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O.B.O.E

It’s unquestionably the zaniest title we’ve given any Thought Leadership article: O.B.O.E.!! We’re not talking about the musical instrument that’s fiendishly difficult to play; or mistakenly synonymous with Stranger On The Shore (Clarinet); nor the perfect fit for Morricone’s delectable Gabriel’s Oboe. Nor are we referring exclusively to computer programming mishaps. Our O.B.O.E. is an acronym for Out-By-One-Errors and it affects us all in our daily lives.

The most commonly cited example is the so-called fencepost error, which caused problems for the Romans. If you build a temple (fence) 30 metres long with pillars (posts) spaced 3 metres apart how many pillars do you need? 11 NOT 10! (OBOE – Q.E.D.). Similarly, given 11 pillars how many spaces between them? The correct response is 10. And if you extend the temple by another 30 metres how many pillars will you have? 21 not 22!

O.B.O.E. also plays tricks with time. If you purchase an item that allows you to return it within 14 days how many days have you got to consider your options? Say you make the purchase on a Wednesday most people will assume the item could be returned on Wednesday fortnight – but 14 days is Tuesday!! Should we count the day of purchase? No say consumers – yes say suppliers. Counting from day 0 is a regular O.B.O.E. It must have been very confusing for the Romans because zero wasn’t invented when they were doing their sums.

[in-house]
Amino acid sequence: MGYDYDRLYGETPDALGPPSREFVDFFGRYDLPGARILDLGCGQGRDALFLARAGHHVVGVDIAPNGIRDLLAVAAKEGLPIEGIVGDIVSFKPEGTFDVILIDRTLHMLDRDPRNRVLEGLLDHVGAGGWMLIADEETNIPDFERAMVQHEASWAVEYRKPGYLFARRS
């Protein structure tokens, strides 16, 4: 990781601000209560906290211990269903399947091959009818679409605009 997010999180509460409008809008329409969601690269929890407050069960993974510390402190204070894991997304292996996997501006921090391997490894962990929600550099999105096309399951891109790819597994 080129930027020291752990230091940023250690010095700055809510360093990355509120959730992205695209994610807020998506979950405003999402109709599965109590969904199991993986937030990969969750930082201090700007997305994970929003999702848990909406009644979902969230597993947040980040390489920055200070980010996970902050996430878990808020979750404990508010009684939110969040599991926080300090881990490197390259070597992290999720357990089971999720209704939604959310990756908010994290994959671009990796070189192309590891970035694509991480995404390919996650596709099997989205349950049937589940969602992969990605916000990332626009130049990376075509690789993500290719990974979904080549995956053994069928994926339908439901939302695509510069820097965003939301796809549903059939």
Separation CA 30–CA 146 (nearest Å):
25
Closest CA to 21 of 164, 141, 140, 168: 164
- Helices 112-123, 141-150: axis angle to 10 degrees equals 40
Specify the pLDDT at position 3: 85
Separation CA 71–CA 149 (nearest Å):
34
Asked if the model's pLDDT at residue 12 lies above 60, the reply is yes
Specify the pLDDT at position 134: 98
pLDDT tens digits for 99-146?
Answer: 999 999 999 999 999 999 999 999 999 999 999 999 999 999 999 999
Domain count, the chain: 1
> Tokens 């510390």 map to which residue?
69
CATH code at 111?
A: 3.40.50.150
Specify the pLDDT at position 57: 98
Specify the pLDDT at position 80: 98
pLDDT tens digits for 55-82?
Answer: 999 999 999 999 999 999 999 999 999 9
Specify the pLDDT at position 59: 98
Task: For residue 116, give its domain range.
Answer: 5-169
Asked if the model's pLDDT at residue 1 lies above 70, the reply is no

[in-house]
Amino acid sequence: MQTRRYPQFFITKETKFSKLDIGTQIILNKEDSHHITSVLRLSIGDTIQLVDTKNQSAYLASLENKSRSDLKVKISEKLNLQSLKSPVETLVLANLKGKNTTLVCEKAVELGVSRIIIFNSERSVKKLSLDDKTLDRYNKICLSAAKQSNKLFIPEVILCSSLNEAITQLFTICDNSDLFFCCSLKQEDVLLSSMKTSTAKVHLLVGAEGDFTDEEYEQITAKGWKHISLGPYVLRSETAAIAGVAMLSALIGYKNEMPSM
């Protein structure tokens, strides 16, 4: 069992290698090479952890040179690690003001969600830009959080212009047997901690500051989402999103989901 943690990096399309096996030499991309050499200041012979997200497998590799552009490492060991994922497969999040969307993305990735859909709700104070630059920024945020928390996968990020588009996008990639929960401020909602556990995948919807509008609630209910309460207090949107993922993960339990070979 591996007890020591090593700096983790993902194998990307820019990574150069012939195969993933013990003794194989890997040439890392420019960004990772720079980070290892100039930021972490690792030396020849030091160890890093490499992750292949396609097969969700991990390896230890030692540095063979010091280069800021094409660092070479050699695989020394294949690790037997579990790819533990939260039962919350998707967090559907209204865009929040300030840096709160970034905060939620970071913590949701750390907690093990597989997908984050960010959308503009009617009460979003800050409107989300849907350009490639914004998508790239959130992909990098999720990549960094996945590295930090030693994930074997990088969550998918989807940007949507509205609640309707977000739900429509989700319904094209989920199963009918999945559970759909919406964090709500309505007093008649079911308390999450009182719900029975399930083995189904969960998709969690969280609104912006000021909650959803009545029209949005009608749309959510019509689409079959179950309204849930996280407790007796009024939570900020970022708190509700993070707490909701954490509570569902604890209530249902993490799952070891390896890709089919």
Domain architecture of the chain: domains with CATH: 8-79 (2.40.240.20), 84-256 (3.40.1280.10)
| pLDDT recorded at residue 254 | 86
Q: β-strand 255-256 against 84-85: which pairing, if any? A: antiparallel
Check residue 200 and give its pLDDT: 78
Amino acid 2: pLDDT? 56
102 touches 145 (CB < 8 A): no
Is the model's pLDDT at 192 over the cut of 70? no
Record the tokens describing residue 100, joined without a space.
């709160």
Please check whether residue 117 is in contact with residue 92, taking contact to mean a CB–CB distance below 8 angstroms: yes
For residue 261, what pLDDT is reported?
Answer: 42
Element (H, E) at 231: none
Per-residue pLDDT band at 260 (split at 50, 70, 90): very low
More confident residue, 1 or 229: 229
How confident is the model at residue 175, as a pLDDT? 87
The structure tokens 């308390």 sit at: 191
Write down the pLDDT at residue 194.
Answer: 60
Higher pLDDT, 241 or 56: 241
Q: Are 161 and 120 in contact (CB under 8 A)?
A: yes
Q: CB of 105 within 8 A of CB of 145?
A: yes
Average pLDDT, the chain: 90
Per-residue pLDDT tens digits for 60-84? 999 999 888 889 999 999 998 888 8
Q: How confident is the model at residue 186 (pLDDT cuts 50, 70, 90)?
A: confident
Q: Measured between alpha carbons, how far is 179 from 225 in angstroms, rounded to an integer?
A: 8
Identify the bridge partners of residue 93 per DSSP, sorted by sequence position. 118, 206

If you place money on deposit with your bank on the 1st May and withdraw it on the 31st May how will the interest-days be calculated? 30 argue consumers, counting from 0; 29 argue the banks, counting from 1. If the funds are lodged early morning and withdrawn late afternoon could consumers gripe that the answer should be 31 days?

It’s complicated enough to ponder these examples but consider the compounding effect of OBOEs in computer programming. Since computers run on a series of binary bits 0s and 1s, potential out-by-one-errors are catastrophic. And yet they do occur; quite often in fact!!

In 2012, Knight Capital, a US finance house, lost $440m on the stock markets in less than one-hour’s trading. Its computers issued a series of repeated loss-making orders until they were manually shut down. Everybody was tight-lipped and a computer bug was blamed – it was actually an OBOE.

Ironically, also in 2012 Apple decided to create its own maps for mobile phones instead of using Google Maps. The overlay of all the inputs that go into developing accurate maps is complicated. Getting the four cardinal points right (NSEW) is fundamental to where everything fits on the page. You guessed it, Apple’s software was off by one leaving landmarks in strange new places.

Hourly-rate employees will have difficulty completing the five tasks 8-12 in a 8.00-12.00 timeslot – they’ll only complete four; whereas, daily-rated employees will easily manage between the 8th and 12th day. Within the symphony orchestra have compassion for the intricate woodwinds behind the violas – they’re true oboes!

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